Separated worlds

Designing for commercial print is quite unlike outputting to your local inkjet printer, and to be a successful print designer you need to grasp this fact firmly. A good way to start understanding commercial print is to forget about colour entirely and just think black and white. Just 20 or so years ago, the 1-bit Hercules graphics card was the only way a PC could display high-resolution graphics, and by so doing it opened up the world of onscreen typography to PCs. Just like the Macintosh, the Hercules card represented pages onscreen using black pixels on a white background, simulating black ink on white paper. It wasn’t just computers that were restricted to black and white; the vast majority of commercial print was, too.

Separated worlds

Today, this seems odd – for simple black-and-white output, why not just run off copies on your own high-speed laser? Back then, though, quality printers were typewriter-style daisy wheels, restricted to a couple of typefaces at fixed sizes, while draft-quality dot-matrix printers produced a wider range of faces and sizes, but at a horrendously low resolution. To produce high-quality display type for, say, a poster, you resorted to sheets of Letraset transfer lettering rubbed onto your artwork one letter at a time (which was infuriating when you ran out of As or Es). Once assembled, you then took your artwork to the nearest photocopy shop to have it reproduced.

The arrival of the Apple LaserWriter changed this world forever, printing scalable typefaces at a reasonable 8ppm and 300dpi. Even better, the LaserWriter was designed to work with the first DTP application, PageMaker, enabling design-rich, multifont, multicolumn layouts with pictures to be output in a single pass. The LaserWriter revolutionised professional design because, unlike rival laser printers, it was driven by a PostScript processor. Adobe’s PostScript defined pages and fonts programmatically, so they were independent from both resolution and device, producing exactly the same output from any PostScript device. You could accurately proof your layout on the 300dpi LaserWriter, then output the finished job at up to 1,448dpi on a Linotronic 100 (the first PostScript-based imagesetter) at more than two million dots per square inch or more than 20 times finer than the LaserWriter’s 90,000. Moreover, where earlier phototypesetters had produced galleys (columns of text) that had to be cut and pasted into the desired layout, the imagesetter produced a whole high-resolution layout as a ready-to-print composite film.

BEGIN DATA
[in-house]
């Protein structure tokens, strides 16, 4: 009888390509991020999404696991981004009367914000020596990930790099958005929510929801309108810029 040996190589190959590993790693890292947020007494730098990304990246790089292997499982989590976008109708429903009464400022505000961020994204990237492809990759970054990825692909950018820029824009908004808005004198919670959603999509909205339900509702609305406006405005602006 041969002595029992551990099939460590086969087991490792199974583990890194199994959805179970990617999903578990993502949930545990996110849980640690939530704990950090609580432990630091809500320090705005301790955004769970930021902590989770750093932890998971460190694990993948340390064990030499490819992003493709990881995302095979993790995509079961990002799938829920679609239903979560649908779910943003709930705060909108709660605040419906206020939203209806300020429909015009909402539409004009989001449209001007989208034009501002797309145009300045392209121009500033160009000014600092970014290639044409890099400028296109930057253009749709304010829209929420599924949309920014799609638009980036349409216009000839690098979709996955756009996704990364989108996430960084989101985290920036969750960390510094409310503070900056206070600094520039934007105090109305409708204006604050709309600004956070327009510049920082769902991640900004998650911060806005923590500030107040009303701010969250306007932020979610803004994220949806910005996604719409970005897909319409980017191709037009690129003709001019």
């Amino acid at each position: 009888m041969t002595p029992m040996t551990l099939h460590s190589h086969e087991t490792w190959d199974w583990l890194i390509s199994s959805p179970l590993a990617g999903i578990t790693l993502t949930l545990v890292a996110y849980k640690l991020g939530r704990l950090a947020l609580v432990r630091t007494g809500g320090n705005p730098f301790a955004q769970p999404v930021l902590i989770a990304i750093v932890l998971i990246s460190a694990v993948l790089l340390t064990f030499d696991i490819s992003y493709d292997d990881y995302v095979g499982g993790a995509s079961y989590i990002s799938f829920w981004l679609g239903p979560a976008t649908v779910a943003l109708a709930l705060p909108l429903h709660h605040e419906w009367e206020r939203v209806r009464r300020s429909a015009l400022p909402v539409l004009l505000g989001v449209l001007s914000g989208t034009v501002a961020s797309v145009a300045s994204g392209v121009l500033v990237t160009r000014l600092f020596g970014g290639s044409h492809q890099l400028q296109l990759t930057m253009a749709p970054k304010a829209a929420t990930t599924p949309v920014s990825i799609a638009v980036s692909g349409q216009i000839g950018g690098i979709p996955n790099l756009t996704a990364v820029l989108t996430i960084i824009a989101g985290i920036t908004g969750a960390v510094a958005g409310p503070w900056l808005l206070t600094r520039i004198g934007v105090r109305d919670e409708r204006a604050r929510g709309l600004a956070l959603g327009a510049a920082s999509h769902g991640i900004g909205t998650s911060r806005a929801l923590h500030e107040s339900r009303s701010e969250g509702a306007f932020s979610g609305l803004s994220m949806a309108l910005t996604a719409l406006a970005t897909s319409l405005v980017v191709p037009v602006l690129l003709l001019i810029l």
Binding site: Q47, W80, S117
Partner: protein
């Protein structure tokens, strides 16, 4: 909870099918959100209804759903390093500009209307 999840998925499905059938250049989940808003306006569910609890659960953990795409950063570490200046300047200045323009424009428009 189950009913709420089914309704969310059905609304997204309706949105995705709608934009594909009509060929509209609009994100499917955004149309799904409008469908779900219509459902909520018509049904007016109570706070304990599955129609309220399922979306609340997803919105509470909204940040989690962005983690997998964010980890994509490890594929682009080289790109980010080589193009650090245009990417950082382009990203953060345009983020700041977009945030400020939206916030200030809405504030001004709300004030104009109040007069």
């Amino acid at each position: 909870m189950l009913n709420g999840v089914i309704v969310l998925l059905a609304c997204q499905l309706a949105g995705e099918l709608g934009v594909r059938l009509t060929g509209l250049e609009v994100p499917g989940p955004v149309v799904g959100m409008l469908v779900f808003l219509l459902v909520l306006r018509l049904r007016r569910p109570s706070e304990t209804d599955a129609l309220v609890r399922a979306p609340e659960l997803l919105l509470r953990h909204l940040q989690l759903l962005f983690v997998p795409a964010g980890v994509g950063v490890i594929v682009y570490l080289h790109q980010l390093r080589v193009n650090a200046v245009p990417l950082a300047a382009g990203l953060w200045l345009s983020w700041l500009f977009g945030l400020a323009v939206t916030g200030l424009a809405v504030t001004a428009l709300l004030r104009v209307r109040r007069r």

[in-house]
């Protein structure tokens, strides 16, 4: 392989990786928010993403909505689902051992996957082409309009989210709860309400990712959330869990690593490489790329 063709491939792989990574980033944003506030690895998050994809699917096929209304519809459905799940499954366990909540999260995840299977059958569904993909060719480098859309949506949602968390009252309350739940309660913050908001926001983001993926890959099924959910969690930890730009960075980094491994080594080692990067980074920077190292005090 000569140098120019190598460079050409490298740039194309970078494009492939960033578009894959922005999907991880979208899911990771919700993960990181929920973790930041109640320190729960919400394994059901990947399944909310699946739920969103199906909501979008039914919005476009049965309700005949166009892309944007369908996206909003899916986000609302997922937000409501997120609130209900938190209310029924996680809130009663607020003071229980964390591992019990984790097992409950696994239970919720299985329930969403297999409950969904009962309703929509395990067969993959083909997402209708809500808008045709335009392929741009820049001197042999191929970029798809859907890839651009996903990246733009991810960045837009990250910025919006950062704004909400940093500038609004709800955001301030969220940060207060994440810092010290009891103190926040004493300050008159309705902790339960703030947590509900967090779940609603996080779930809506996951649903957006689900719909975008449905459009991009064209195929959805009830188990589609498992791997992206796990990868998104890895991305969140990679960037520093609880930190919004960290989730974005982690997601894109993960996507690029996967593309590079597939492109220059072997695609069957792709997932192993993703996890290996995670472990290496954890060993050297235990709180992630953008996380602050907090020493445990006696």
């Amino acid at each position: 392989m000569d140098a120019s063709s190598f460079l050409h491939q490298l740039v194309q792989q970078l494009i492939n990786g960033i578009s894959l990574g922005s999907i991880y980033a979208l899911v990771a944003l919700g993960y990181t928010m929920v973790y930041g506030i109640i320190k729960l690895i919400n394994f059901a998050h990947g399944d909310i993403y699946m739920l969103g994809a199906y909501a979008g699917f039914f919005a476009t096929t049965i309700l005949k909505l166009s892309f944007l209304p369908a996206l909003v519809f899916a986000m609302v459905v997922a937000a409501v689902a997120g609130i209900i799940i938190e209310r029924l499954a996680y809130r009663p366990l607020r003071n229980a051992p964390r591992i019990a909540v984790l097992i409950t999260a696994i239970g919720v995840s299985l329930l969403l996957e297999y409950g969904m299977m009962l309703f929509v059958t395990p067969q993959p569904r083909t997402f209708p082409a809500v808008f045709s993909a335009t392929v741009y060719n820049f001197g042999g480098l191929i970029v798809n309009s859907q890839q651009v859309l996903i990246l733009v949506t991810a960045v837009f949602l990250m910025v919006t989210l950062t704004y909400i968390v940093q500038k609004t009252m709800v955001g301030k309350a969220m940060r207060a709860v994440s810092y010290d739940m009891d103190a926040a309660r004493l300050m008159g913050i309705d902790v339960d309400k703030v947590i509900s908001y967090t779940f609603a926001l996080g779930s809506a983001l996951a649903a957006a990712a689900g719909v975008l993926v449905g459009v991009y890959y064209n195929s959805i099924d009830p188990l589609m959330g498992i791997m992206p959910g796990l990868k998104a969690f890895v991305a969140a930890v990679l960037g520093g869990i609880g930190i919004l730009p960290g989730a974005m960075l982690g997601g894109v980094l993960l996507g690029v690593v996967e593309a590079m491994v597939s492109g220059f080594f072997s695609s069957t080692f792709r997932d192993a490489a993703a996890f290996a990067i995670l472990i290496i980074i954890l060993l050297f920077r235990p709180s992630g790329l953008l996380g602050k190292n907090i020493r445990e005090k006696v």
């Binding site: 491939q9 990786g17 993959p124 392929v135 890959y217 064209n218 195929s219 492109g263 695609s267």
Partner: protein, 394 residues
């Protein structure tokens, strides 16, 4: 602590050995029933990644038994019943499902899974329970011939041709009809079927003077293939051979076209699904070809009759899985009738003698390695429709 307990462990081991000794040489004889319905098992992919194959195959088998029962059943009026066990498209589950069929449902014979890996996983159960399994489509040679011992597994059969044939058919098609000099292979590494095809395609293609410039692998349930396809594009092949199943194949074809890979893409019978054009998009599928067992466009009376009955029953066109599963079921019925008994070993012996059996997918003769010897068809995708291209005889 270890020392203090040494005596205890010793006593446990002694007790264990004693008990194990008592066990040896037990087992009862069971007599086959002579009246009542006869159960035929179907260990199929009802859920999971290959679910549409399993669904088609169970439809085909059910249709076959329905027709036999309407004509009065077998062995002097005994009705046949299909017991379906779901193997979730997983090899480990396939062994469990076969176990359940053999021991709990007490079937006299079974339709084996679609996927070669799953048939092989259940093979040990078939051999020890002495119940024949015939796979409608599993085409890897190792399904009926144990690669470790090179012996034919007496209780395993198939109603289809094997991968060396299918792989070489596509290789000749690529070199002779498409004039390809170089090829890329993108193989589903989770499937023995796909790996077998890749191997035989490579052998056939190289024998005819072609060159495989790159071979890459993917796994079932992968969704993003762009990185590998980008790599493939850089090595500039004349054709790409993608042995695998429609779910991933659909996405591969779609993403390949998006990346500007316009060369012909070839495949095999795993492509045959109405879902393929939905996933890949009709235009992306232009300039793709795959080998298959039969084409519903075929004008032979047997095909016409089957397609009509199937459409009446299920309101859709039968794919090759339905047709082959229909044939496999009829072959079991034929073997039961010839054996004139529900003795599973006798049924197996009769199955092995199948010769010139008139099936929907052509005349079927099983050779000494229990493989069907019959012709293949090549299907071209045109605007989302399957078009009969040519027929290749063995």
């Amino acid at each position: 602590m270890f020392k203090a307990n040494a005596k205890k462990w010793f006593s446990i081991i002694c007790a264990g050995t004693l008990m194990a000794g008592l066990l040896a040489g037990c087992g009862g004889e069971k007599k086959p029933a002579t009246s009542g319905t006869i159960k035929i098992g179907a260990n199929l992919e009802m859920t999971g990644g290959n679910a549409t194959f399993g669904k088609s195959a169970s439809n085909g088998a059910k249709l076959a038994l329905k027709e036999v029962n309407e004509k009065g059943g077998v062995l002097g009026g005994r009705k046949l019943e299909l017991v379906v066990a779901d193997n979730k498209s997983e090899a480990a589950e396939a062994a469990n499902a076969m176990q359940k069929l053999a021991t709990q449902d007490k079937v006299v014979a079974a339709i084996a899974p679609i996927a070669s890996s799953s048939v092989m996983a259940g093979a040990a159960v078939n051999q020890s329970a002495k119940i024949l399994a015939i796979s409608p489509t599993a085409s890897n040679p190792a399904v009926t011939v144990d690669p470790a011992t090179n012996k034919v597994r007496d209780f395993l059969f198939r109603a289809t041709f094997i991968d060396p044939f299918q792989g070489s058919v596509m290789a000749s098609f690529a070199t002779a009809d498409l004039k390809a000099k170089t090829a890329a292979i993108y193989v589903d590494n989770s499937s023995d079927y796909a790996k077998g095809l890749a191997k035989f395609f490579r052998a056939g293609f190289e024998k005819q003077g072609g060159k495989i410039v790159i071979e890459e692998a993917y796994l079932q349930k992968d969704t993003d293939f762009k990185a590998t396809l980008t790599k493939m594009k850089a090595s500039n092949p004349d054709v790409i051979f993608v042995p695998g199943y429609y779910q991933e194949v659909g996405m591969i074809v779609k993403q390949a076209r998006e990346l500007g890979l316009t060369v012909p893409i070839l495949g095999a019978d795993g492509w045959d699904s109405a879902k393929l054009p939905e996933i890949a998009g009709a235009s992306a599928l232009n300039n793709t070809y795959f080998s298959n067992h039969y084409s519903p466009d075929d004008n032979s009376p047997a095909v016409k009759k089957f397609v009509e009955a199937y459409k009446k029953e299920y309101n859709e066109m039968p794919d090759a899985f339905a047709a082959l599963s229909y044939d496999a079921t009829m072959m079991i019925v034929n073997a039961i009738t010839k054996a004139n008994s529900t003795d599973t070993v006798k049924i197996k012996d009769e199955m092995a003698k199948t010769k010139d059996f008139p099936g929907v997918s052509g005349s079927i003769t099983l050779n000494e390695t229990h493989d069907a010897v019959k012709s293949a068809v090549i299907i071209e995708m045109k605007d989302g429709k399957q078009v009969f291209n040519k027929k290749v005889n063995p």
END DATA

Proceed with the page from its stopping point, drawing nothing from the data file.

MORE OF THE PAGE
High-resolution imageset output also made possible the accurate reproduction of greyscale tints rather than just solid black: this halftoning process is a crucial capability, but again one that’s little understood. Halftoning creates grey tints by treating the imageset output as a grid, each square of which contains a halftone spot of variable size and shape: to produce a 50% grey, the spots fill half of each square and so on. Using a fine screen makes the tiny individual spots so hard to distinguish that the optical illusion of a smooth grey is produced.

An extension of this idea enables continuous-tone greyscale images to be printed, with each pixel’s brightness value controlling the size of the corresponding halftone spot. PostScript Level 1 and 2 were restricted to 256 grey levels, which required a grid of 16 x 16 device dots to reproduce (16 x 16 = 256). Whether the halftone grid used actually supports this many greyscale levels depends on the interaction of the output device’s resolution in dpi with the grid’s spacing in lines per inch (lpi). For example, outputting at 1,200dpi through a 100lpi grid means each halftone grid square is 12 x 12 (1,200/100 = 12) device dots, which reduces the available grey levels to 144: in this case, you might want to trade off fewer lpi for more tonal range.

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